|SAME AS||SAME AS S06913-A|
|Add Art 14 SS1400 - 1405, RWB L; amd S225.00, add S225.36, Pen L|
|Allows certain interactive poker games that are consider to be games of skill rather than games of luck; includes definitions, authorization, required safeguards and minimum standards, the scope of licensing review and state tax implications; makes corresponding penal law amendments.|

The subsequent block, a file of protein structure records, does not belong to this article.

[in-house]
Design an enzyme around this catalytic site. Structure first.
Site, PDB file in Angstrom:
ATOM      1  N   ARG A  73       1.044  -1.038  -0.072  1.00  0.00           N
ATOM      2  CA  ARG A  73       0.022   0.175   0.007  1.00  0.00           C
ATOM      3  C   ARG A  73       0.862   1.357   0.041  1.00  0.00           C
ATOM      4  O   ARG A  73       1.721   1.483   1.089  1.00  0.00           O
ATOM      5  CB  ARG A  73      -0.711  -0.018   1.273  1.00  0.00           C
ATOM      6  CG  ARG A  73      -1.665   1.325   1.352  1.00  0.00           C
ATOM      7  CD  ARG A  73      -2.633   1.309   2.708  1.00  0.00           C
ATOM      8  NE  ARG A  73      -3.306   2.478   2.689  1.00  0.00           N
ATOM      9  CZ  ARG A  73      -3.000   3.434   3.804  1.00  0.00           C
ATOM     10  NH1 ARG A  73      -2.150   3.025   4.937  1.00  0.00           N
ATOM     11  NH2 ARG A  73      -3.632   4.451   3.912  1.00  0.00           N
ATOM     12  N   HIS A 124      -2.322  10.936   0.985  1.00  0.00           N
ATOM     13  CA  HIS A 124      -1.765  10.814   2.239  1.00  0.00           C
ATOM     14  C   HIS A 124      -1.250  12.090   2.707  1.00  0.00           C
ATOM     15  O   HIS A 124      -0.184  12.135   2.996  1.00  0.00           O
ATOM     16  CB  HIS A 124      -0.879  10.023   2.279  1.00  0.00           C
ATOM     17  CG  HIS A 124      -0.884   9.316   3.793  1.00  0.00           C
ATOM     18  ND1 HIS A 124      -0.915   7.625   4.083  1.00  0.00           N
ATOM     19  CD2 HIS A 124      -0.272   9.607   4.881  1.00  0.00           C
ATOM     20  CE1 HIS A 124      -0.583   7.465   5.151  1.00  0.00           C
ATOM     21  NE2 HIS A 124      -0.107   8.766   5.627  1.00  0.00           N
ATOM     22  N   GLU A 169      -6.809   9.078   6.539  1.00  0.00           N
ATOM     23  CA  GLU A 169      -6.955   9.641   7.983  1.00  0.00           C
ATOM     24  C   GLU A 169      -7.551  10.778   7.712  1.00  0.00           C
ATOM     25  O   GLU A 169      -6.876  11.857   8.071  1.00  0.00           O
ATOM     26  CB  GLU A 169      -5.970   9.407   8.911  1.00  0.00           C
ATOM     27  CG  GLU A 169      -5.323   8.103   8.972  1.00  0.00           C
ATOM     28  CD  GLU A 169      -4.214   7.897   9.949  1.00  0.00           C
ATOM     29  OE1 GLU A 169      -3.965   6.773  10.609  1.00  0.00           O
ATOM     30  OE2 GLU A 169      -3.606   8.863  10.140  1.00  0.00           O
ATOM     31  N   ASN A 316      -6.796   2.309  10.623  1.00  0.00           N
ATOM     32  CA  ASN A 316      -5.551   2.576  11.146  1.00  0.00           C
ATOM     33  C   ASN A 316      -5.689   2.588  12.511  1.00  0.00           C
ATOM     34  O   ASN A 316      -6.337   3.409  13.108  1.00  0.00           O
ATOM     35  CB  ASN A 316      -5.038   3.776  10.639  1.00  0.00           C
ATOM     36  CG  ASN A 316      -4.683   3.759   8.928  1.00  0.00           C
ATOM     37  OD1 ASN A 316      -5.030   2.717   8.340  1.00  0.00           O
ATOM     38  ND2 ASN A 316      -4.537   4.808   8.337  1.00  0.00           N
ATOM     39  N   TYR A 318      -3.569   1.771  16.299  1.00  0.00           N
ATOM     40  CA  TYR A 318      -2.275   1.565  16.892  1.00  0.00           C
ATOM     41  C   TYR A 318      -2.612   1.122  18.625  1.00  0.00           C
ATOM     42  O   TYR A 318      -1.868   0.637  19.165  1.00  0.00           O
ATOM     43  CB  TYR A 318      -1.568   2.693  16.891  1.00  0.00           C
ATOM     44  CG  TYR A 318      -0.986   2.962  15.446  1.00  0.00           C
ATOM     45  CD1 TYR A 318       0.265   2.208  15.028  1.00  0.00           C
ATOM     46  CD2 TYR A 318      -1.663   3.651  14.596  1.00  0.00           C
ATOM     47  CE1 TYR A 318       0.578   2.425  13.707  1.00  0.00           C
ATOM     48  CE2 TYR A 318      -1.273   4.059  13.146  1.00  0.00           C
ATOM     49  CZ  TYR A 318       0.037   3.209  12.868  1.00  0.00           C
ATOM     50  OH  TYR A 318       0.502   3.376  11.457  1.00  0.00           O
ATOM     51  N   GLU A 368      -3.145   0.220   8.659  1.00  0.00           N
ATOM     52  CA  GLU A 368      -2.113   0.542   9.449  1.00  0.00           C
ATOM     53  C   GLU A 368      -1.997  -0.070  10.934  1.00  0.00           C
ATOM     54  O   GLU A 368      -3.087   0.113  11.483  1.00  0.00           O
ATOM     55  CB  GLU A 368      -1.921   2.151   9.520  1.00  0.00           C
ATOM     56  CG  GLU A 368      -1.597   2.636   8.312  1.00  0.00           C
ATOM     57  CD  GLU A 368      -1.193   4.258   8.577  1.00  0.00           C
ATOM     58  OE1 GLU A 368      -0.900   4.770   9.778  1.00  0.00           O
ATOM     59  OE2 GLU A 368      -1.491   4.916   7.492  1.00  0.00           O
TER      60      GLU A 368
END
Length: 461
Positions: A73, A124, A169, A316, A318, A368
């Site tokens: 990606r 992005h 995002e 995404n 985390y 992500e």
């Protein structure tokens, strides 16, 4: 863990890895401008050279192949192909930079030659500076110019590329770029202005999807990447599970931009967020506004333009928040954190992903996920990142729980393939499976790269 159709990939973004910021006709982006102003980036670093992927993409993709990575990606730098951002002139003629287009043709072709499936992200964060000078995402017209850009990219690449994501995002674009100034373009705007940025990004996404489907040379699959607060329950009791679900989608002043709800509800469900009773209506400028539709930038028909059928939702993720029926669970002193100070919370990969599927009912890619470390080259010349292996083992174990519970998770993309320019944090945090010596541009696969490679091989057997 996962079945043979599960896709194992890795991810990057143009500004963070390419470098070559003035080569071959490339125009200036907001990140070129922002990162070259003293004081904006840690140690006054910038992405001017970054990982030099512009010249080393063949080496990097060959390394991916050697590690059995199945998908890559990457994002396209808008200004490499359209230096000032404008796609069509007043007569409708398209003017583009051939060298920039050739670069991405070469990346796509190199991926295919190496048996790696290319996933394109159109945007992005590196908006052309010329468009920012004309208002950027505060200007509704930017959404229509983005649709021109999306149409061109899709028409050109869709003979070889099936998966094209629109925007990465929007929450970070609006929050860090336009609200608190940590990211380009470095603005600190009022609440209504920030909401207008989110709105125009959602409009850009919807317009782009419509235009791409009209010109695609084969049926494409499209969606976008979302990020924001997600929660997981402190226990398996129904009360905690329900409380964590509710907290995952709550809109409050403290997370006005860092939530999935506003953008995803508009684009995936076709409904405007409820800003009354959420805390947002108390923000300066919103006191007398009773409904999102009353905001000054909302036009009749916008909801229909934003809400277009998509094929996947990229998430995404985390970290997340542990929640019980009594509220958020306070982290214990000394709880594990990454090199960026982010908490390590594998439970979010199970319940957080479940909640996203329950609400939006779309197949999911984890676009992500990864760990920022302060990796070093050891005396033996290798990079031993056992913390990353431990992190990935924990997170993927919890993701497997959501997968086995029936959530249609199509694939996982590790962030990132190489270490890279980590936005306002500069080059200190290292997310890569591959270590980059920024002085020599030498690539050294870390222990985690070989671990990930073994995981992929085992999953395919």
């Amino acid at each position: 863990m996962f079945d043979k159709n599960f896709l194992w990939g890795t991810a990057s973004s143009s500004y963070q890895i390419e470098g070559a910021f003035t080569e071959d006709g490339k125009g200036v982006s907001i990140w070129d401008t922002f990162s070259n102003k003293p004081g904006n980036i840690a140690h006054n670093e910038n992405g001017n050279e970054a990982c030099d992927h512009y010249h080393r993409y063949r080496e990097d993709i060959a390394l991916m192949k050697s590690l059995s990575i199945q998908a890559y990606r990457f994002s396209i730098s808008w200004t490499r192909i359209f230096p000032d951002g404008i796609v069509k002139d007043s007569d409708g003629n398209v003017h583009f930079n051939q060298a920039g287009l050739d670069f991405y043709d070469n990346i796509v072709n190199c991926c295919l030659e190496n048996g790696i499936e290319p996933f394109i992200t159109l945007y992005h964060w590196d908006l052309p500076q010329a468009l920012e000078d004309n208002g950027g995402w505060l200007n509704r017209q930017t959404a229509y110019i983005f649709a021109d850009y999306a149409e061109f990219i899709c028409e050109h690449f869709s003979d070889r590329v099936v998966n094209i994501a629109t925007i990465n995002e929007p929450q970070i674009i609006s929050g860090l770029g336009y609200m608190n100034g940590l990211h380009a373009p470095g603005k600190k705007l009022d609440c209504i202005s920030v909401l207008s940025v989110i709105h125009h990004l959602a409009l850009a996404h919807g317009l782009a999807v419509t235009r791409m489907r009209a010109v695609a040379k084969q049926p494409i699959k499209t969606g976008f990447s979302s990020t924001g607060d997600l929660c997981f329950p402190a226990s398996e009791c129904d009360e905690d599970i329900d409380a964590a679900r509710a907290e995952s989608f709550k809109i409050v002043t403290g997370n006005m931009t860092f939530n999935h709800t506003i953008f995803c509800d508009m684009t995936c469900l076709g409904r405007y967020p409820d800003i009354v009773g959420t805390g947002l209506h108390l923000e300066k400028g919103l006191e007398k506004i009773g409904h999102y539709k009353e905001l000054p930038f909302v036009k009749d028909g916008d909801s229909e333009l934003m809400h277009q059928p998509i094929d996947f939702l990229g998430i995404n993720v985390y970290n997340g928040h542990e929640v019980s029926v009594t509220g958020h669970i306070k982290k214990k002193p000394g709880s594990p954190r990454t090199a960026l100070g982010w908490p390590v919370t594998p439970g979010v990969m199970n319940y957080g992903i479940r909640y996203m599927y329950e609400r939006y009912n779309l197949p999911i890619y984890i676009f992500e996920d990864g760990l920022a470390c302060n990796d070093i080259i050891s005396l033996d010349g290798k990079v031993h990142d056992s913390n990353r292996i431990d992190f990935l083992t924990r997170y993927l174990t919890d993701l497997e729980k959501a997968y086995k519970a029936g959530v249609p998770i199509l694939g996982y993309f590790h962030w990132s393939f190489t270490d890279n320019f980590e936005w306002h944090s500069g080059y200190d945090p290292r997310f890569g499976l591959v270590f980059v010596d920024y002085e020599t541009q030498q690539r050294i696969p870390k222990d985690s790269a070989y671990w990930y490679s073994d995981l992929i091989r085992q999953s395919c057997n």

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STATE OF NEW YORK ________________________________________________________________________ 9591--A IN ASSEMBLY May 9, 2014 ___________ Introduced by M. of A. PRETLOW -- read once and referred to the Commit- tee on Racing and Wagering -- committee discharged, bill amended, ordered reprinted as amended and recommitted to said committee AN ACT to amend the racing, pari-mutuel wagering and breeding law and the penal law, in relation to allowing certain interactive poker games The People of the State of New York, represented in Senate and Assem- bly, do enact as follows: 1 Section 1. The racing, pari-mutuel wagering and breeding law, is 2 amended by adding a new article 14 to read as follows: 3 ARTICLE 14 4 INTERACTIVE GAMING 5 Section 1400. Legislative findings and purpose. 6 1401. Definitions. 7 1402. Authorization. 8 1403. Required safeguards/minimum standards. 9 1404. Scope of licensing review. 10 1405. State tax. 11 § 1400. Legislative findings and purpose. The legislature hereby finds 12 and declares that: 1. Under the New York penal law a person engages in 13 gambling when he or she stakes or risks something of value upon the 14 outcome of a contest of chance or a future contingent event not under 15 his or her control or influence, upon an agreement or understanding that 16 he or she will receive something of value in the event of a certain 17 outcome. 18 2. A contest of chance is defined as any contest, game, gaming scheme 19 or gaming device in which the outcome depends in a material degree upon 20 an element of chance, notwithstanding that skill of the contestants may 21 also be a factor therein. (Subdivision 1 of section 225.00 of the penal 22 law). Thus, games of chance may involve some skill, but in those games 23 the level of skill does not determine the outcome regardless of the 24 degree of skill employed. See People v. Turner, 165 Misc. 2d 222, 224, 25 629 N.Y.S.2d 661, 662 (Crim. Ct. 1995). On the other hand, where a 26 contest pits the skill levels of the players against each other, New 27 York courts have found a game to be one of skill rather than chance. See EXPLANATION--Matter in italics (underscored) is new; matter in brackets [ ] is old law to be omitted. LBD14301-03-4A. 9591--A 2 1 People v. Hunt, 162 Misc. 2d 70, 72, 616 N.Y.S.2d 168, 170 (Crim. Ct. 2 1994) ("Played fairly, skill rather than chance is the material compo- 3 nent of three-card monte."); 4 3. Poker in many instances has been defined as a game of skill and a 5 New York federal court in U.S. v. DiCristina, 886 F. Supp. 2d 164, 224, 6 assessed that under federal law poker was predominantly a game of skill; 7 4. New York courts have interpreted New York law to apply a more 8 rigorous test in identifying a "contest of chance" than is applied by 9 most states in this nation and the courts have found that where a 10 contest pits the skill levels of the players against each other, those 11 games are games of skill and not games of chance. Furthermore, the 12 courts have not limited the legislature's ability to determine that 13 certain forms of poker should fall outside the general definition of 14 gambling since those games are games of skill; 15 5. Texas Hold'em poker involves two cards dealt face down to each 16 player and then five community cards placed face-up by the dealer, a 17 series of three, then two additional single cards, with players deter- 18 mining whether to check, bet, raise or fold after each deal. Omaha 19 Hold'em poker is a similar game, in which each player is dealt four 20 cards and makes his or her best hand using exactly two of them, plus 21 exactly three of the five community cards. These games are considered to 22 be complex forms of poker which involve player strategy and decision- 23 making and which pit the skill levels of the players against each other. 24 As games of skill, these forms of poker do not fall under the definition 25 of gambling as prohibited by the penal law; 26 6. The legislature further finds that as the internet has become an 27 integral part of society, and internet poker a major form of enter- 28 tainment for many consumers, any interactive gaming enforcement and 29 regulatory structure must begin from the bedrock premise that partic- 30 ipation in a lawful and licensed gaming industry is a privilege and not 31 a right, and that regulatory oversight is intended to safeguard the 32 integrity of the games and participants and to ensure accountability and 33 the public trust; and 34 7. With the passage of the Unlawful Internet Gambling Enforcement Act 35 of 2006, issues concerning the scope and interpretation of state law, 36 including the importance of the location of the wager, wagering activity 37 and website, were clarified. Those persons that provided goods or 38 services related to internet gambling involving New York citizens prior 39 to the enactment of that statute, including, at the time, poker, which 40 was until the adoption of this act unlawful, but exited in an expe- 41 ditious fashion after its enactment should be regarded differently from 42 those that continued to flout U.S. federal and New York law thereafter 43 for purposes of suitability for licensing under this article. Granting 44 those persons licensing privileges or allowing the use of the assets of 45 such persons in connection with interactive gaming in this state, if 46 those assets were used unlawfully, would reward unlawful gaming activ- 47 ity, would permit manifestly unsuitable persons to profit from their 48 unlawful gaming activity and would create unfair competition with licen- 49 sees that respected federal and state law. 50 § 1401. Definitions. As used in this article, the following terms 51 shall have the following meanings: 52 1. "Authorized game" means Omaha Hold'em and Texas Hold'em poker, as 53 well as any other poker game that the commission determines is the mate- 54 rial equivalent of either of those, whether in a cash game or tourna- 55 ment.A. 9591--A 3 1 2. "Authorized participants" means persons who are either physically 2 present in this state when placing a wager or who otherwise are permit- 3 ted by applicable law, as determined by the commission, to place a 4 wager. The intermediate routing of electronic data in connection with 5 interactive gaming shall not determine the location or locations in 6 which a wager is initiated, received or otherwise made. 7 3. "Core function" means any of the following: (a) the management, 8 administration or control of wagers on interactive gaming; (b) the 9 management, administration or control of the games with which those 10 wagers are associated; or (c) the development, maintenance, provision or 11 operation of an interactive gaming platform. 12 4. "Covered asset" means any of the following categories of asset if 13 used in connection with the knowing and willful acceptance of any wager 14 from persons located in the United States of any form of interactive 15 gaming (including but not limited to poker) after December thirty-first, 16 two thousand six, that has not been affirmatively authorized by law of 17 the United States or of each state in which persons making such wager 18 were located: (a) any trademark, trade name, service mark or similar 19 intellectual property that was used to identify any aspect of the inter- 20 net website or of the operator offering the wagers or games to its 21 patrons; (b) any database or customer list of individuals residing in 22 the United States who placed such wagers; (c) any derivative of a data- 23 base or customer list described in paragraph (b) of this subdivision; or 24 (d) an asset used to provide a core function. 25 5. "Commission" means the New York state gaming commission. 26 6. "Division" means the division of gaming, established under para- 27 graph (c) of subdivision two of section one hundred three of this chap- 28 ter. 29 7. "Interactive gaming" means the conduct of games through the use of 30 the internet or other communications technology that allows a person, 31 utilizing money, checks, electronic checks, electronic transfers of 32 money, credit cards, debit cards or any other instrumentality, to trans- 33 mit to a computer information to assist in the placing of a wager and 34 corresponding information related to the display of the game, game 35 outcomes or other similar information. The term does not include the 36 conduct of (a) non-gambling games that do not otherwise require a 37 license under state or federal law; or (b) games that occur entirely 38 among participants who are located on a licensed casino premises. For 39 purposes of this provision, "communications technology" means any method 40 used and the components employed by an establishment to facilitate the 41 transmission of information, including, without limitation, transmission 42 and reception by systems based on wire, cable, radio, microwave, light, 43 optics or computer data networks, including, without limitation, the 44 internet and intranets. 45 8. "Interactive gaming gross revenue" means the total of all sums paid 46 to a licensee from interactive gaming involving authorized participants, 47 less only the total of all sums paid out as winnings to patrons and 48 promotional gaming credits; provided, however, that the cash equivalent 49 value of any merchandise or other non-cash thing of value included in a 50 contest or tournament shall not be included in the total of all sums 51 paid out as winnings to players for purposes of determining interactive 52 gaming gross revenue. 53 (a) Neither amounts deposited with a licensee for purposes of interac- 54 tive gaming nor amounts taken in fraudulent acts perpetrated against a 55 licensee for which the licensee is not reimbursed shall be considered toA. 9591--A 4 1 have been "paid" to the licensee for purposes of calculating interactive 2 gaming gross revenue. 3 (b) "Promotional gaming credit" includes bonuses, promotions and any 4 amount received by a licensee from a patron for which the licensee can 5 demonstrate that it or its affiliate has not received cash. 6 9. "Interactive gaming platform" means the combination of hardware, 7 software and data networks used to manage, administer or control wagers 8 on interactive gaming or the games with which those wagers are associ- 9 ated. 10 10. "Internet" means a computer network of interoperable packet- 11 switched data networks. 12 11. "Licensee" means a person who is licensed by the commission to 13 offer interactive gaming, using an interactive gaming platform to 14 authorized participants. A licensee may utilize multiple interactive 15 gaming platforms provided that each platform is approved by the commis- 16 sion. 17 12. "Omaha Hold'em poker" means the poker game marketed as Omaha 18 Hold'em poker or Omaha poker in which each player is dealt four cards 19 and must make his or her best hand using exactly two of them, plus 20 exactly three of the five community cards. 21 13. "Significant vendor" means any person who offers or who proposes 22 to offer any of the following services with respect to interactive 23 gaming: (a) a core function; (b) sale, licensing or other receipt of 24 compensation for selling or licensing a database or customer list of 25 individuals residing in the United States selected in whole or in part 26 because they placed wagers or participated in gambling games with or 27 through an internet website or operator (or any derivative of such a 28 database or customer list); (c) provision of any trademark, tradename, 29 service mark or similar intellectual property under which a licensee or 30 significant vendor identifies interactive games to customers; or (d) 31 provision of any product, service or asset to a licensee or significant 32 vendor in return for a percentage of interactive gaming revenue (not 33 including fees to financial institutions and payment providers for 34 facilitating a deposit or withdrawal by an authorized participant). The 35 term "significant vendor" shall not include a provider of goods or 36 services to a licensee that are not specifically designed for use and 37 not principally used in connection with interactive gaming. 38 14. "Texas Hold'em poker" means the type of poker marketed as Texas 39 Hold'em poker that involves two cards being dealt face down to each 40 player and then five community cards being placed face-up by the dealer, 41 a series of three then two additional single cards, with players having 42 the option to check, bet, raise or fold after each deal. 43 § 1402. Authorization. 1. The commission shall, within one hundred 44 eighty days of the date this article becomes law, promulgate regulations 45 to implement interactive gaming in this state and shall authorize up to 46 ten licenses to operate interactive gaming involving authorized partic- 47 ipants, subject to the provisions of this article and other applicable 48 provisions of law. 49 2. The commission shall, to the extent practicable, issue licenses to 50 multiple applicants no sooner than one hundred eighty days after the 51 promulgation of regulations in order to ensure a robust and competitive 52 market for consumers and to prevent early licensees from gaining an 53 unfair competitive advantage. 54 3. No person may operate, manage or make available an interactive 55 gaming platform or act as a significant vendor with respect to interac- 56 tive gaming that is offered to persons located in this state unlessA. 9591--A 5 1 licensed by the commission pursuant to this article and only those games 2 authorized by the commission shall be permitted. 3 4. Any person found suitable by the commission may be issued a license 4 as an operator or significant vendor pursuant to this article. In deter- 5 mining suitability, the commission shall consider those factors it deems 6 relevant in its discretion, including but not limited to: 7 (a) Whether the applicant is a person of good character, honesty and 8 integrity; 9 (b) Whether the applicant is person whose prior activities, criminal 10 record, if any, reputation, habits and associations do not: 11 (i) pose a threat to the public interest or to the effective regu- 12 lation and control of interactive gaming; or 13 (ii) create or enhance the dangers of unsuitable, unfair or illegal 14 practices, methods and activities in the conduct of interactive gaming 15 or in the carrying on of the business and financial arrangements inci- 16 dental to such gaming; 17 (c) Whether the applicant is capable of and likely to conduct the 18 activities for which the applicant is licensed in accordance with the 19 provisions of this article, any regulations prescribed under this arti- 20 cle and all other applicable laws; 21 (d) Whether the applicant has or guarantees acquisition of adequate 22 business competence and experience in the operation of licensed gaming 23 or of interactive gaming in this state or in a state with comparable 24 licensing requirements; 25 (e) Whether the applicant has or will obtain sufficient financing for 26 the nature of the proposed operation and from a suitable source; and 27 (f) Whether the applicant has disclosed to the commission all known 28 affiliations or relationships, whether direct or indirect, with persons 29 and assets of persons described by subdivision three of section fourteen 30 hundred four of this article. 31 5. The commission further shall develop standards by which to evaluate 32 and approve interactive gaming platforms for use with interactive 33 gaming. Interactive gaming platforms must be approved by the commission 34 before being used by a licensee or significant vendor to conduct inter- 35 active gaming in this state. 36 6. The commission shall require all licensees to pay one-time fee of 37 ten million dollars. 38 7. Licenses issued by the commission shall remain in effect for ten 39 years. 40 8. The commission, by regulation, may authorize and promulgate any 41 rules necessary to implement agreements with other states, or authorized 42 agencies thereof (a) to enable patrons in those states to participate in 43 interactive gaming offered by licensees under this article or (b) to 44 enable patrons in this state to participate in interactive gaming 45 offered by licensees under the laws of those other states, provided that 46 such other state or authorized agency applies suitability standards and 47 review materially consistent with the provisions of this article, 48 including but not limited to the requirements set out in subdivision 49 three of section fourteen hundred four of this article. 50 9. Any regulations adopted pursuant to subdivision eight of this 51 section must set forth provisions that address: 52 (a) Any arrangements to share revenue between New York and any other 53 state or agency within another state; and 54 (b) Arrangements to ensure the integrity of interactive gaming offered 55 pursuant to any such agreement and the protection of patrons located in 56 this state.A. 9591--A 6 1 10. The commission may delegate its responsibilities to administer the 2 provisions of this article to the division, as it sees fit, except for 3 its responsibilities to approve licenses and to conduct the proceedings 4 required under subdivision four of section fourteen hundred four of this 5 article. 6 § 1403. Required safeguards/minimum standards. 1. The commission 7 shall require licensees to implement measures to meet the standards set 8 out in this section, along with such other standards that the commission 9 in its discretion may choose to require. 10 (a) Appropriate safeguards to ensure, to a reasonable degree of 11 certainty, that participants in interactive gaming are not younger than 12 twenty-one years of age. 13 (b) Appropriate safeguards to ensure, to a reasonable degree of 14 certainty, that participants in interactive gaming are physically 15 located within the state or such other jurisdiction that the commission 16 has determined to be permissible. 17 (c) Appropriate safeguards to protect, to a reasonable degree of 18 certainty, the privacy and online security of participants in interac- 19 tive gaming. 20 (d) Appropriate safeguards to ensure, to a reasonable degree of 21 certainty, that the interactive gaming is fair and honest and that 22 appropriate measures are in place to deter, detect and, to the extent 23 reasonably possible, to prevent cheating, including collusion, and use 24 of cheating devices, including use of software programs (sometimes 25 referred to as "bots") that make bets or wagers according to algorithms. 26 (e) Appropriate safeguards to minimize compulsive gaming and to 27 provide notice to participants of resources to help problem gamblers. 28 (f) Appropriate safeguards to ensure participants' funds are held in 29 accounts segregated from the funds of licensees and otherwise are 30 protected from corporate insolvency, financial risk or criminal or civil 31 actions against the licensee. 32 § 1404. Scope of licensing review. 1. In connection with any license 33 issued pursuant to this article, the licensee, significant vendor or 34 applicant shall identify and the commission shall review the suitability 35 of such licensee's, significant vendor's or applicant's owner, chief 36 executive officer, chief financial officer and any other officer or 37 employee who the commission deems is significantly involved in the 38 management or control of the licensee, significant vendor or applicant 39 or of the interactive gaming platform. "Owner" for purposes of this 40 provision means any person who directly or indirectly holds any benefi- 41 cial or ownership interest in the applicant of five percent or greater 42 or any amount of ownership that the commission determines to be signif- 43 icant ownership of the licensee, significant vendor, or applicant. 44 2. Institutional investors are subject to the provisions set out in 45 this section. 46 (a) An institutional investor holding under twenty-five percent of the 47 equity securities of a licensee's or significant vendor's (or appli- 48 cant's) holding or intermediary companies, shall be granted a waiver of 49 any investigation of suitability or other requirement if such securities 50 are those of a corporation, whether publicly traded or privately held, 51 and its holdings of such securities were purchased for investment 52 purposes only and it files a certified statement to the effect that it 53 has no intention of influencing or affecting the affairs of the issuer, 54 the licensee (or significant vendor or applicant, as applicable) or its 55 holding or intermediary companies; provided, however, that it shall be 56 permitted to vote on matters put to the vote of the outstanding securityA. 9591--A 7 1 holders. The commission may grant such a waiver to an institutional 2 investor holding a higher percentage of such securities upon a showing 3 of good cause and if the conditions specified above are met. Any insti- 4 tutional investor granted a waiver under this paragraph which subse- 5 quently determines to influence or affect the affairs of the issuer 6 shall provide not less than thirty days' notice of such intent and shall 7 file with the commission a request for determination of suitability 8 before taking any action that may influence or affect the affairs of the 9 issuer; provided, however, that it shall be permitted to vote on matters 10 put to the vote of the outstanding security holders. If an institutional 11 investor changes its investment intent, or if the commission finds 12 reasonable cause to believe that the institutional investor may be found 13 unsuitable, no action other than divestiture shall be taken by such 14 investor with respect to its security holdings until there has been 15 compliance with any requirements established by the commission, which 16 may include the execution of a trust agreement. The licensee (or signif- 17 icant vendor or applicant, as applicable) and its relevant holding, 18 intermediary or subsidiary company shall notify the commission imme- 19 diately of any information about, or actions of, an institutional inves- 20 tor holding its equity securities where such information or action may 21 impact upon the eligibility of such institutional investor for a waiver 22 pursuant to this paragraph. 23 (b) If at any time the commission finds that an institutional investor 24 holding any security of a holding or intermediary company of a licensee 25 or significant vendor or applicant, or, where relevant, of another 26 subsidiary company of a holding or intermediary company of a licensee or 27 significant vendor or applicant which is related in any way to the 28 financing of the licensee or significant vendor or applicant, fails to 29 comply with the terms of paragraph (a) of this section, or if at any 30 time the commission finds that, by reason of the extent or nature of its 31 holdings, an institutional investor is in a position to exercise such a 32 substantial impact upon the controlling interests of a licensee or 33 significant vendor or applicant that investigation and determination of 34 suitability of the institutional investor is necessary to protect the 35 public interest, the commission may take any necessary action otherwise 36 authorized under this article to protect the public interest. 37 (c) For purposes of this section, an "institutional investor" shall 38 mean any retirement fund administered by a public agency for the exclu- 39 sive benefit of federal, state, or local public employees; investment 40 company registered under the Investment Company Act of 1940 (15 U.S.C. § 41 80a-1 et seq.); collective investment trust organized by banks under 42 Part Nine of the Rules of the Comptroller of the Currency; closed end 43 investment trust; chartered or licensed life insurance company or prop- 44 erty and casualty insurance company; banking and other chartered or 45 licensed lending institution; investment advisor registered under The 46 Investment Advisors Act of 1940 (15 U.S.C. § 80b-1 et seq.); and such 47 other persons as the commission may determine for reasons consistent 48 with the public interest. 49 3. The commission shall not issue a license to or otherwise find suit- 50 able any prospective licensee or significant vendor who: 51 (a) Has at any time, either directly, or through another person whom 52 it owned, in whole or in significant part, or controlled: 53 (i) knowingly and willfully accepted or made available wagers on 54 interactive gaming (including poker) from persons located in the United 55 States after December thirty-first, two thousand six, unless such wagersA. 9591--A 8 1 were affirmatively authorized by law of the United States or of each 2 state in which persons making such wagers were located; or 3 (ii) knowingly facilitated or otherwise provided services with respect 4 to interactive gaming (including poker) involving persons located in the 5 United States for a person described in subparagraph (i) of this para- 6 graph and acted with knowledge of the fact that such wagers or interac- 7 tive gaming involved persons located in the United States. 8 (b) Has purchased or acquired, directly or indirectly, in whole or in 9 significant part, a person described in paragraph (a) of this subdivi- 10 sion or will use that person or a covered asset in connection with 11 interactive gaming licensed pursuant to this article. 12 4. A prospective licensee or significant vendor may appeal a determi- 13 nation by the commission that it is within the scope of subdivision 14 three of this section only in accordance with the procedures specified 15 in this subdivision. 16 (a) The commission shall afford the prospective licensee or signif- 17 icant vendor a hearing at which such person may provide evidence to 18 support the basis on which it seeks relief. The commission shall waive 19 the prohibition if the prospective licensee or significant vendor demon- 20 strates by clear and convincing evidence that its conduct in connection 21 with interactive gaming and wagers involving persons located in the 22 United States was not unlawful and, if applicable, that the covered 23 assets to be used or that are being used by such person in connection 24 with interactive gaming licensed pursuant to this article were not used 25 in a manner that was unlawful. The determination of the commission shall 26 be made without regard to whether the person has been prosecuted under 27 the criminal laws of any state, the United States or other jurisdiction 28 and the proceeding terminated in a manner other than with a conviction. 29 If the prohibition is waived, the prospective licensee or significant 30 vendor still must satisfy all otherwise applicable license and suitabil- 31 ity requirements. 32 (b) The commission shall preside over the hearing and shall act as 33 finder of fact entitled to evaluate the credibility of the witnesses and 34 persuasiveness of the evidence, pursuant to whatever procedures the 35 commission determines to be appropriate. 36 § 1405. State tax. Licensees engaged in the business of conducting 37 interactive gaming pursuant to this article shall pay a privilege tax 38 based on the licensee's interactive gaming gross revenue at a fifteen 39 percent rate. 40 § 2. Subdivision 1 of section 225.00 of the penal law is amended to 41 read as follows: 42 1. "Contest of chance" means any contest, game, gaming scheme or 43 gaming device in which the outcome depends [ in a material degree] 44 predominantly upon an element of chance, notwithstanding that skill of 45 the contestants may also be a factor therein. 46 § 3. The penal law is amended by adding a new section 225.36 to read 47 as follows: 48 § 225.36 Interactive gaming offenses and exceptions. 49 1. The knowing and willful offering of unlicensed interactive gaming 50 to persons in this state, or the knowing and willful provision of 51 services with respect thereto, shall constitute a gambling offense under 52 this article. 53 2. Licensed interactive gaming activities under section fourteen 54 hundred two of the racing, pari-mutuel wagering and breeding law shall 55 not be a gambling offense under this article.A. 9591--A 9 1 3. A person offering unlicensed interactive gaming to persons in this 2 state shall be liable for all taxes set forth in section fourteen 3 hundred five of the racing, pari-mutuel wagering and breeding law in the 4 same manner and amounts as if such person were a licensee. Timely 5 payment of such taxes shall not constitute a defense to any prosecution 6 or other proceeding in connection with the interactive gaming except for 7 a prosecution or proceeding alleging failure to make such payment. 8 § 4. This act shall take effect on the one hundred eightieth day after 9 it shall have become a law.